ACC Commissioner Jim Phillips, in order to explore all options to close the income gap, opposes college athletics becoming “2 or 3 gated communities”.


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CHARLOTT, NC — ACC Commissioner Jim Phillips opened the league’s annual kickoff event on Wednesday, saying he’s exploring all available options to close the revenue gap with the SEC and the Big Ten, but he argued that an arms race in college football could critically damage the athletics college as a whole.

“We are not professionals,” Phillips said. “This is not the light of the NFL or NBA. We still compete with each other, but this is not – and should not be – a winner-take-all or zero-sum structure. I will continue to do what is best.” interests of the ACC, but will also advocate for college athletics to be a healthy neighborhood and not two or three gated communities.”

The addition of USC and UCLA from the Pac-12 Big Ten came less than a year after the SEC added Texas and Oklahoma from the Big 12, creating a clear trend towards two superconferences that would far outsell everyone else in revenue.

In 2020-21, the ACC generated a record $578 million in revenue, distributing approximately $36.1 million to each full member. It is estimated that the next Big Ten TV deal could result in payouts more than double the figure in the next few years.

The ACC has avoided losing any of its current members, but has also found several ways to close the revenue gap and remain financially competitive with the SEC and the Big Ten.

Phillips said Wednesday the league is continuing to look at ways to move forward, from expansion, partnerships with Pac-12 to moving towards an unbalanced revenue-sharing model that could provide more money to schools that are more invested in football.

“Everything is on the table,” Phillips said. “We are considering our television contract. We interact almost daily with our partners on ESPN. We got together to discuss what the next iteration for ACC will be. we’re not going to make a move, but all options are on the table.”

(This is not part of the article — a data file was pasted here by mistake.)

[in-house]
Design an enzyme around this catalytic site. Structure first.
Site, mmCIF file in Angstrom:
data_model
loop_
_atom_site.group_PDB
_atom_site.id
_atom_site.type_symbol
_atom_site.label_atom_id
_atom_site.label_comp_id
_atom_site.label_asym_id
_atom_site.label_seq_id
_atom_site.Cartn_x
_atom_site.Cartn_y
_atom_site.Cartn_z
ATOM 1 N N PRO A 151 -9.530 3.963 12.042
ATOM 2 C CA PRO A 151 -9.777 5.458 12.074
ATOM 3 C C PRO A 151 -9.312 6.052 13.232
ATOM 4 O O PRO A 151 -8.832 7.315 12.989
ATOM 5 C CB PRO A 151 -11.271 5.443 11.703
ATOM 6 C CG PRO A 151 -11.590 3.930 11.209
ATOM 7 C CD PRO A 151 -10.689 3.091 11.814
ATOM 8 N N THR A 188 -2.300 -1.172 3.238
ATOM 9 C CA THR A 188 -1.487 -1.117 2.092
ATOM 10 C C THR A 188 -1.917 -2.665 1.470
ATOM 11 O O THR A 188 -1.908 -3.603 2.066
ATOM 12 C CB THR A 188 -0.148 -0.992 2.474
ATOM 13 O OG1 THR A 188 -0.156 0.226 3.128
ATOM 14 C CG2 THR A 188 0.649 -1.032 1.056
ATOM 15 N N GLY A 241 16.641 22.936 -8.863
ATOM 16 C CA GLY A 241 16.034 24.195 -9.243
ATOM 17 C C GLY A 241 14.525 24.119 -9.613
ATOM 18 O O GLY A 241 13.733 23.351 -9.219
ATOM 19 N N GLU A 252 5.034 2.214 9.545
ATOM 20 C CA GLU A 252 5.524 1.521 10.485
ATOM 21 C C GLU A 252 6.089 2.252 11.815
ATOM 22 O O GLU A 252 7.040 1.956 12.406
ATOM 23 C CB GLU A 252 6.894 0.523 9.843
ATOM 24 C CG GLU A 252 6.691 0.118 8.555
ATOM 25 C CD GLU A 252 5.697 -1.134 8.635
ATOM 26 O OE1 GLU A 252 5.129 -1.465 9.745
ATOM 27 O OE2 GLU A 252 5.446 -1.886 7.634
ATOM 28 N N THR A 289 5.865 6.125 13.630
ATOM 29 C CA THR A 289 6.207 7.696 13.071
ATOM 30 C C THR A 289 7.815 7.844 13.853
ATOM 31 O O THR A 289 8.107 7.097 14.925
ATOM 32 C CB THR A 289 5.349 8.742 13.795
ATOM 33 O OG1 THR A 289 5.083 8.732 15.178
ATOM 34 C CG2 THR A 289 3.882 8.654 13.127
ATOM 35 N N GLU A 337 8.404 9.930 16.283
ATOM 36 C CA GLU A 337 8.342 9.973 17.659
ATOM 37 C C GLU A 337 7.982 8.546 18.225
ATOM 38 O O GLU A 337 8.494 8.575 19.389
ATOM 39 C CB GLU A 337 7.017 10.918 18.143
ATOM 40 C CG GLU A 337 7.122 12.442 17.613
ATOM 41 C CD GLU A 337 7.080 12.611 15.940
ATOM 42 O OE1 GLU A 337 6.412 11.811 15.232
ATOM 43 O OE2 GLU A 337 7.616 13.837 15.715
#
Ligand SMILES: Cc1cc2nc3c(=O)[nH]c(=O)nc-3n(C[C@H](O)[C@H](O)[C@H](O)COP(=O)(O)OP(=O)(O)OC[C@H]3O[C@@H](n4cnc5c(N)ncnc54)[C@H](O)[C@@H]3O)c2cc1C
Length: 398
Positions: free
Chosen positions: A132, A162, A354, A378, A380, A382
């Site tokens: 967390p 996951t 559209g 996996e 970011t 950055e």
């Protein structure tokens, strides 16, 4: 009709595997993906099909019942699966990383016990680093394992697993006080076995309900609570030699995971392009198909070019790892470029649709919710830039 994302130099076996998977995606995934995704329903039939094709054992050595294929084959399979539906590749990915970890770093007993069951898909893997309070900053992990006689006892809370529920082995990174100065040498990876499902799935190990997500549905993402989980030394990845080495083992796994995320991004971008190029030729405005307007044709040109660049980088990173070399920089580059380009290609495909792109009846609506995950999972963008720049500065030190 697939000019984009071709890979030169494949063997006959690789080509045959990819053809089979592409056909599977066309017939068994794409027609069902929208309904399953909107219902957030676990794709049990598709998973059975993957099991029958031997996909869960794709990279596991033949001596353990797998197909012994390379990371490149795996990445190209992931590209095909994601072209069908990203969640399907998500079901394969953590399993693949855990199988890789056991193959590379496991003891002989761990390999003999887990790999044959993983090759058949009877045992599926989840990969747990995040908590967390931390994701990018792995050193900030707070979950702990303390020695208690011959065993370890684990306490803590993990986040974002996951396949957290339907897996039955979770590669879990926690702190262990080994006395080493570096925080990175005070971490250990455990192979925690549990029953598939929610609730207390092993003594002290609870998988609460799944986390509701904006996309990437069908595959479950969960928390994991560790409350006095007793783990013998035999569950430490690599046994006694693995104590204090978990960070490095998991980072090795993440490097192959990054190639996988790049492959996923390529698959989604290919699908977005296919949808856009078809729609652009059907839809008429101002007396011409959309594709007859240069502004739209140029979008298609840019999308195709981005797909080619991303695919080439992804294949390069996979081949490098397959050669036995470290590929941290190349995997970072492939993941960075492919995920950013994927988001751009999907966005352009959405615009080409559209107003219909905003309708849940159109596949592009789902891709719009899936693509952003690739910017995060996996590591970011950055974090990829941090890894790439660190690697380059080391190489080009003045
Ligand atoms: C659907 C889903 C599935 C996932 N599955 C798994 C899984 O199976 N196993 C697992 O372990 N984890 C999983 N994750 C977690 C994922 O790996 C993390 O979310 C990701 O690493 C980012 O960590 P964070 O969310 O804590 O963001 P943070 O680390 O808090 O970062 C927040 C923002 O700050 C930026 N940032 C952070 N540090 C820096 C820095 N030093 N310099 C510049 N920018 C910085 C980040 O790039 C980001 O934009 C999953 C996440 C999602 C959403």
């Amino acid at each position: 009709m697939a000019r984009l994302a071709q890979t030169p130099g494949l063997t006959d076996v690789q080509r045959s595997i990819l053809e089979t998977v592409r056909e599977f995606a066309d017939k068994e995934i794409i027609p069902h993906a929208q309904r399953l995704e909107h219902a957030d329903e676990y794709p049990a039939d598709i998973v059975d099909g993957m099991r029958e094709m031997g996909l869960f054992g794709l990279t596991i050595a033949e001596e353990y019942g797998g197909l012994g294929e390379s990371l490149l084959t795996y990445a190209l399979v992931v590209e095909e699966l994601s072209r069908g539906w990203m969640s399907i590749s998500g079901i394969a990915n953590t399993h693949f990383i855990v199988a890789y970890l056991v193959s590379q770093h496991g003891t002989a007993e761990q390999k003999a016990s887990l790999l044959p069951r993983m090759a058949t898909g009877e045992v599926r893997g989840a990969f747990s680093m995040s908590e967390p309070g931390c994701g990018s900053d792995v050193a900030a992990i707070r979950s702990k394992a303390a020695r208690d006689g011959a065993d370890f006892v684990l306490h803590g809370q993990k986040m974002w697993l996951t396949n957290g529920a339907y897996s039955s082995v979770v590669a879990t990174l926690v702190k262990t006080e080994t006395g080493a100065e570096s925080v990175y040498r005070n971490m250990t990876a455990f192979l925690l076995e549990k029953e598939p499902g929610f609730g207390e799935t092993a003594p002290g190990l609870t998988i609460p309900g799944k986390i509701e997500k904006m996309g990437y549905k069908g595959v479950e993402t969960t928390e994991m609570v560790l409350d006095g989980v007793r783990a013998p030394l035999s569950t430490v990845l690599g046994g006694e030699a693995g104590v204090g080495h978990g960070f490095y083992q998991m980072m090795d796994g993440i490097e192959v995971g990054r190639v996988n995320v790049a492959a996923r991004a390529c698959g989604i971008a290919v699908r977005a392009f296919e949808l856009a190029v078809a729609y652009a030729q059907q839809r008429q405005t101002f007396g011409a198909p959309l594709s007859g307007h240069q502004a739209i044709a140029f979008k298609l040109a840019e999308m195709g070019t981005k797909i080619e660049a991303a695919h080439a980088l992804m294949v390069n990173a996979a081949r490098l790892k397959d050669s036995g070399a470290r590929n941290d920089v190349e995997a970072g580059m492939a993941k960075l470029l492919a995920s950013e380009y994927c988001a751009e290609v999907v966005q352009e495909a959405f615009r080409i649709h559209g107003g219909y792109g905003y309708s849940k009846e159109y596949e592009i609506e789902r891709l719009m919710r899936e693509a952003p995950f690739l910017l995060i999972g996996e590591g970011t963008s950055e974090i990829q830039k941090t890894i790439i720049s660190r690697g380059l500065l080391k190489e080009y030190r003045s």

Phillips said he was open to discussing changing the league’s revenue distribution model – an option that several football powers have been calling for over the past few years – but said it was “not our first option.”

Expansion remains a possibility, but several sources at the conference said there was simply no other school available that would noticeably improve ACC’s bottom line, other than Notre Dame.

The Irish are currently partial members of the ACC for football and have a contract with the league stating that if they give up independence it will be for the ACC. After the Big Ten added UCLA and USC (and a major new TV deal is expected soon), rumors circulated that Notre Dame might pull out of the ACC deal instead to get more money in the Big Ten. “.

However, Phillips said he doubted Notre Dame would lose its independent status and said he remained encouraged by the ACC’s relationship with the Irish.

“I know what independence means for Notre Dame,” Phillips said. “I know that if the time comes when Notre Dame considers moving to a conference and giving up independence, I feel very good about it being the ACC.”

The flip side of the ACC expansion could be that teams decide to leave, but the league’s current grant, which cedes all media rights to the ACC, runs until 2036. Phillips pointed to the decisions of Texas, Oklahoma, UCLA, and USC to wait out the remainder of their rights before heading to new conferences as an example of the difficulty of breaking those agreements.

“People come to Clemson not because of some budget or because we are in the ACC. We are blessed to have great resources,” Tigers coach Dabo Sweeney said. “But 2036 is a long time and let’s be realistic – look at all the changes that have happened in the last 12 months.”

According to several league administrators, several ACC teams have asked their legal advisers to evaluate the grant of ACC rights, but no one has suggested that they are likely to challenge the document in court.

“Follow logic,” Phillips said. “I think the significance of what that would mean, the television rights that the conference owns, as well as the nine-figure financial penalty, I think is there. But your guess is as good as mine.”

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